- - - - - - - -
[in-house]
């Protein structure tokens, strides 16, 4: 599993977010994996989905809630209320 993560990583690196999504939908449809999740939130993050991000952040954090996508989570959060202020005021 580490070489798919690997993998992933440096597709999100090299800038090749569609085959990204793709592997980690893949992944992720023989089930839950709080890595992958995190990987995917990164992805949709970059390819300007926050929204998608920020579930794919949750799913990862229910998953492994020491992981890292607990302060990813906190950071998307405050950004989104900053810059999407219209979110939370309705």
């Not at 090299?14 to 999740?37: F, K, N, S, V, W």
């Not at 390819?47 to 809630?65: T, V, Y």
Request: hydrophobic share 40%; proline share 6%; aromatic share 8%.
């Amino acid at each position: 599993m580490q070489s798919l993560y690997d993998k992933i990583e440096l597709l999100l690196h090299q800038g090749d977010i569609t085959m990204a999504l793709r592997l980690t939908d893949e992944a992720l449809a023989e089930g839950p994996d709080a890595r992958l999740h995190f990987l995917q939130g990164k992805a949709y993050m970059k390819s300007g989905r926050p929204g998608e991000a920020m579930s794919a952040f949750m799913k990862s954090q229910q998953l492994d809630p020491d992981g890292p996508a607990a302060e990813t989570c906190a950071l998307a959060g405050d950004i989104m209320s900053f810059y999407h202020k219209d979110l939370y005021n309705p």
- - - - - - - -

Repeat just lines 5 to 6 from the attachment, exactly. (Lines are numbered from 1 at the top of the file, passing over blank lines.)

Request: hydrophobic share 40%; proline share 6%; aromatic share 8%.
């Amino acid at each position: 599993m580490q070489s798919l993560y690997d993998k992933i990583e440096l597709l999100l690196h090299q800038g090749d977010i569609t085959m990204a999504l793709r592997l980690t939908d893949e992944a992720l449809a023989e089930g839950p994996d709080a890595r992958l999740h995190f990987l995917q939130g990164k992805a949709y993050m970059k390819s300007g989905r926050p929204g998608e991000a920020m579930s794919a952040f949750m799913k990862s954090q229910q998953l492994d809630p020491d992981g890292p996508a607990a302060e990813t989570c906190a950071l998307a959060g405050d950004i989104m209320s900053f810059y999407h202020k219209d979110l939370y005021n309705p």